Minister affair at the announcement of the Reinfeldt cabinet

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The minister affair at the announcement of the Reinfeldt cabinet in Sweden is a political scandal which started on October 7, 2006 when the Cabinet of Fredrik Reinfeldt, which had been announced on October 6, immediately became affected by media allegations on past errors on the part of several cabinet ministers, in particular Maria Borelius, Cecilia Stegö Chilò and Tobias Billström. The affair centred on the use of domestic workers (nannies and maids) without paying employment (payroll) tax, employer's contribution (Swedish: arbetsgivaravgifter), unpaid TV licences and other issues. On October 14, 2006 Maria Borelius resigned after eight days in office, and on October 16, 2006 Cecilia Stegö Chilò resigned after ten days in office. Criminal charges have been filed against Borelius, Billström and Stegö Chilò. The affair has also been widely reported by the international press, with the British Financial Times dubbing it "Nannygate".[1][2]

Background[edit]

The affair concerns several key pieces of Swedish law, politics and society:

  • Domestic help:
    • A person who hires someone do work for them is required to report this to the tax authorities and pay a proportion of the wages to the tax authorities (the so-called "employment (payroll) tax, employer's contribution", "Arbetsgivaravgifter" in Swedish). For employees born after 1940 this tax amounted to 32.28% of the wages in 2006. The part of the economy where such services are rendered without being reported to the tax authorities has been referred to as the informal economy or underground economy.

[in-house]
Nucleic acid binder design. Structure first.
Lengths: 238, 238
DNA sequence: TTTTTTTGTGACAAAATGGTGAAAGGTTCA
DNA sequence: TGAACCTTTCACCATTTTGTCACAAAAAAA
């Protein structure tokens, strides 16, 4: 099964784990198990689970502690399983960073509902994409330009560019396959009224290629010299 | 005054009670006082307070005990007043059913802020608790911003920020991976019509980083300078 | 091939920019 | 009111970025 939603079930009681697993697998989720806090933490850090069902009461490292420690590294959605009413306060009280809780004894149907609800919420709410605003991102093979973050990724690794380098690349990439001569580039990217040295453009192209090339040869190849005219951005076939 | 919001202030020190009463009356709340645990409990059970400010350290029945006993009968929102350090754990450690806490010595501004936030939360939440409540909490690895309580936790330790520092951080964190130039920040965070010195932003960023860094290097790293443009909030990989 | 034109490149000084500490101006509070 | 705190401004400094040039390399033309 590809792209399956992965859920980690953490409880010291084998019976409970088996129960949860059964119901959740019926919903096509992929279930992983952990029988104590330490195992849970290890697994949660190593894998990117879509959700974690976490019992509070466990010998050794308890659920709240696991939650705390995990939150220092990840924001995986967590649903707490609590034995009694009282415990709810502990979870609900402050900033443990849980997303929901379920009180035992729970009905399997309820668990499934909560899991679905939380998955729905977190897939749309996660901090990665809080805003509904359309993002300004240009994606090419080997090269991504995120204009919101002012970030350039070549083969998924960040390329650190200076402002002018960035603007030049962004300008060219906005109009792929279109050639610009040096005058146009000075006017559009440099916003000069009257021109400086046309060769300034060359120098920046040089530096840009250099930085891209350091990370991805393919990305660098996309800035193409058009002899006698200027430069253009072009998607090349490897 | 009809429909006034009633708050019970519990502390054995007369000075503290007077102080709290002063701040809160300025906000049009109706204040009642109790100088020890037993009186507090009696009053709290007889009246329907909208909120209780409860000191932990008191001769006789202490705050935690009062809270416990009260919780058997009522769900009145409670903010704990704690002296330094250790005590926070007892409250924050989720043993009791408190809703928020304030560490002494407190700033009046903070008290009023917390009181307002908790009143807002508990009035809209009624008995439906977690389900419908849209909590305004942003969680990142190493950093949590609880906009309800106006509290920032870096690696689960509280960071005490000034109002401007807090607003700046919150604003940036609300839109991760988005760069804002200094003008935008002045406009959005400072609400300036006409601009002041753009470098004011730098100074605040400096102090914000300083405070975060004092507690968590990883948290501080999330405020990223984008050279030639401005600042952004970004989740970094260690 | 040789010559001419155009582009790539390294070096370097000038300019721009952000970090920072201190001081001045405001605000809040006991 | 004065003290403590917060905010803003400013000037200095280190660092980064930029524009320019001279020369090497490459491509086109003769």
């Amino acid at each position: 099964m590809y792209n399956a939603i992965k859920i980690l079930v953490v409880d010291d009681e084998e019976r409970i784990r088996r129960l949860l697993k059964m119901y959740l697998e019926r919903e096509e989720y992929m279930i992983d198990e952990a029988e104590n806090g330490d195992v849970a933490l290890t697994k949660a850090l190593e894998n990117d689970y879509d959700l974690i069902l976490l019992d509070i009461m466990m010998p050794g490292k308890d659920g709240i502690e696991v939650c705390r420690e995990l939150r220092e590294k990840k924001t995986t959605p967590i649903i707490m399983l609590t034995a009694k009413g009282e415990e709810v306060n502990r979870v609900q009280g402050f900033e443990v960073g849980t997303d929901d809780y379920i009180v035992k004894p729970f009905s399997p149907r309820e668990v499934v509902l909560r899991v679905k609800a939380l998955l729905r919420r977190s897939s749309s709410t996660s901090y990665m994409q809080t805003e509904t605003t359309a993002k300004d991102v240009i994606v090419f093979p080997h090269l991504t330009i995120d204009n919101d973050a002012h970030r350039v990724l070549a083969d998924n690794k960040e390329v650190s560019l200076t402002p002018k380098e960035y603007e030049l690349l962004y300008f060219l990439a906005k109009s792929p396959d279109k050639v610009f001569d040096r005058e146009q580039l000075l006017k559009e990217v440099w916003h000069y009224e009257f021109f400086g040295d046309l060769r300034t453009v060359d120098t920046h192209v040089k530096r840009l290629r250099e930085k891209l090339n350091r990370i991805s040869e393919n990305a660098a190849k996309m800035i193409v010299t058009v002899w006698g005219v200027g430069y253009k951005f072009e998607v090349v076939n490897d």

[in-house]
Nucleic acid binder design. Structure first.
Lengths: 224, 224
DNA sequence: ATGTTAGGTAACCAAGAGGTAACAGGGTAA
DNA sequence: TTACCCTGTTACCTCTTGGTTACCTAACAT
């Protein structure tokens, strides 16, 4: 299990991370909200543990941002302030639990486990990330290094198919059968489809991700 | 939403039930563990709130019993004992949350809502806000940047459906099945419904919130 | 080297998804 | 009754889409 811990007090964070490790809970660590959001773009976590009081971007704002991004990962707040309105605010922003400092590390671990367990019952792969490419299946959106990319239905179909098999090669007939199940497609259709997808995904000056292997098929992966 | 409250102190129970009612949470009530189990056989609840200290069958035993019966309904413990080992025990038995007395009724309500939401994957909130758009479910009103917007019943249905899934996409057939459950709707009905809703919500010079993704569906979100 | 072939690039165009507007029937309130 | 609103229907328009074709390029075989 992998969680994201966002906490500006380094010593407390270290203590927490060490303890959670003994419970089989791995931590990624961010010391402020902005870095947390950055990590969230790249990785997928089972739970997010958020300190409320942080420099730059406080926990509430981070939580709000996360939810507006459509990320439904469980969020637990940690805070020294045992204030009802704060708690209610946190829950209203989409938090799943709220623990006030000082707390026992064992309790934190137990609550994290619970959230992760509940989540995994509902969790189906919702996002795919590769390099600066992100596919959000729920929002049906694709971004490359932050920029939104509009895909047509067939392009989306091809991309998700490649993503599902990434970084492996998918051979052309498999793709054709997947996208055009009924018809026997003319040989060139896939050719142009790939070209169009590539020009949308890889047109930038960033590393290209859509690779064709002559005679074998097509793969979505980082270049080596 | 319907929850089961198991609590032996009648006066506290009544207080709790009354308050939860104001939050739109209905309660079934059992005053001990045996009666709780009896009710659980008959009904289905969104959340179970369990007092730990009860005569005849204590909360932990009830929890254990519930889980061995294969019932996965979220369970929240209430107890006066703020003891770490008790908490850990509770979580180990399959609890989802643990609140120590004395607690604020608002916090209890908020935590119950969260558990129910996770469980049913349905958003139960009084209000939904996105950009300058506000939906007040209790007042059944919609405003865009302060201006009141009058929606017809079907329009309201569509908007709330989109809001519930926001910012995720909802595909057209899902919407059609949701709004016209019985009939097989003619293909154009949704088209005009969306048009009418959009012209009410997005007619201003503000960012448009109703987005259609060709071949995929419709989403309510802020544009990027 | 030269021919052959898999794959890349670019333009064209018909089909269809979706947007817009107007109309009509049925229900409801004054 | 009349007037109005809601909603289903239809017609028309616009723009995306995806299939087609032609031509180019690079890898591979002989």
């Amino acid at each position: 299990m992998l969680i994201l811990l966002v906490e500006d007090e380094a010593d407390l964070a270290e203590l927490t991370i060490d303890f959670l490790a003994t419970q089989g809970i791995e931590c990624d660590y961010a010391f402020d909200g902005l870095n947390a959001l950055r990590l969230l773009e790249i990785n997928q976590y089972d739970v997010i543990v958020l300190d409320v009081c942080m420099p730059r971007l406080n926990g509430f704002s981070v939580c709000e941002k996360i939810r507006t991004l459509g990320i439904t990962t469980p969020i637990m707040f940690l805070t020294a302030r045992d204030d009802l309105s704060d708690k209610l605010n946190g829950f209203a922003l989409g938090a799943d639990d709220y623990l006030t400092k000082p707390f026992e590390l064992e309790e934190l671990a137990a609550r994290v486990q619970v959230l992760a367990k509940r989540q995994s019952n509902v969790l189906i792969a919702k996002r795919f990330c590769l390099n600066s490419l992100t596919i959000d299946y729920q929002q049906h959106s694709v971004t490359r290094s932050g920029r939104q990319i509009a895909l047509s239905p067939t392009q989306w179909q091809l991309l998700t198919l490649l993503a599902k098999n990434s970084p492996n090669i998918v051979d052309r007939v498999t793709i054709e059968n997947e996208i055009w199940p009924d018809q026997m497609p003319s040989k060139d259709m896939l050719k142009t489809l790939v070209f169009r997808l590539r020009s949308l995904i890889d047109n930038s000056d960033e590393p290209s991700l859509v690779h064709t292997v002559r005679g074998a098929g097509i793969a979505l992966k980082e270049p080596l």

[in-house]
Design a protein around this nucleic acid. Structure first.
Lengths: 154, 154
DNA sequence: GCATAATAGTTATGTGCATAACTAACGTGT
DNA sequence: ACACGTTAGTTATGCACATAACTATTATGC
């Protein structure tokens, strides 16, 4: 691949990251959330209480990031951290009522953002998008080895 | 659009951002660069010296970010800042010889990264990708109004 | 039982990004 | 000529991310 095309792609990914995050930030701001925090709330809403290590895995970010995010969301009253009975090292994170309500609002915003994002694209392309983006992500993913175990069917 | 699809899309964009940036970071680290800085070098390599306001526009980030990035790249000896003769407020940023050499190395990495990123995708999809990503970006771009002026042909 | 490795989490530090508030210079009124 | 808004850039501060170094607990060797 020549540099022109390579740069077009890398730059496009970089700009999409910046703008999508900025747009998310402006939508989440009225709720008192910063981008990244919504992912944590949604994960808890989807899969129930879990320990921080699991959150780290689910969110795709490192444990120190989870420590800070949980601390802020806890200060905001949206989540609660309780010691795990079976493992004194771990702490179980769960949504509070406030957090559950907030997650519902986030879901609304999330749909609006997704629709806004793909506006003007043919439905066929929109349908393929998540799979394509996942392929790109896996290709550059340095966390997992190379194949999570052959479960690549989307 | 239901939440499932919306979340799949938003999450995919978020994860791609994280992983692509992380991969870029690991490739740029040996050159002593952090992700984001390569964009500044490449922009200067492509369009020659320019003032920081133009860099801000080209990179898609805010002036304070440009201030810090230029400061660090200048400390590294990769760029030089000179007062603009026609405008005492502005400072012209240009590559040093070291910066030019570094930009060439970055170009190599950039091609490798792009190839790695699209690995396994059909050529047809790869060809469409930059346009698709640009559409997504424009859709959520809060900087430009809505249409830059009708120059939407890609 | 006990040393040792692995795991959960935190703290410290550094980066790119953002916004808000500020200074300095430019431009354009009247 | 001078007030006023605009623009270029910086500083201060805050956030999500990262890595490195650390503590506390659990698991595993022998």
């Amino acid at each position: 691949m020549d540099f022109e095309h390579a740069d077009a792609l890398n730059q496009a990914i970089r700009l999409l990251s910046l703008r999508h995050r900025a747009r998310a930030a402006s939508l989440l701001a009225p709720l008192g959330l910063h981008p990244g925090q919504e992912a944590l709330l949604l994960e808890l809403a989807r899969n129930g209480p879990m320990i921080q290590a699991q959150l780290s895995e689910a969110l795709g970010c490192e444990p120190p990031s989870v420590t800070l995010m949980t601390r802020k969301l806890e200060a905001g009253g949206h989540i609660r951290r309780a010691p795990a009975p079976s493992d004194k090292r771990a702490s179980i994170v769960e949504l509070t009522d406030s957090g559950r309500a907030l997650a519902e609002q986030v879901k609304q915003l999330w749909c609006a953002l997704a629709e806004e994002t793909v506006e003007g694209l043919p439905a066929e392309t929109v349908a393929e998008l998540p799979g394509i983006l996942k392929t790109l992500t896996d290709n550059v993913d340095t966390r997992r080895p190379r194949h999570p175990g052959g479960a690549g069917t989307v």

• Politically the issue of tax breaks for domestic help (Swedish: pigdebatten) has been a divisive one in Swedish politics and society for several years.[3] The new coalition had put forward the idea of introducing such tax breaks,[4] and went on to do so in 2007.
  • All persons who own a television set are required to pay a TV licence (Swedish: TV-avgift), if several people live in a household it is enough to pay a single licence. It is a crime for the owner of a television not to pay the TV licence, and punishable with a fine. Previous convictions indicate that the fine is between 1,000 and 3,000 kronor, and the conviction rate has been approximately 50%. The fee is collected by Radiotjänst i Kiruna AB, a private corporation owned by the public service corporations through a non-profit foundation.[5]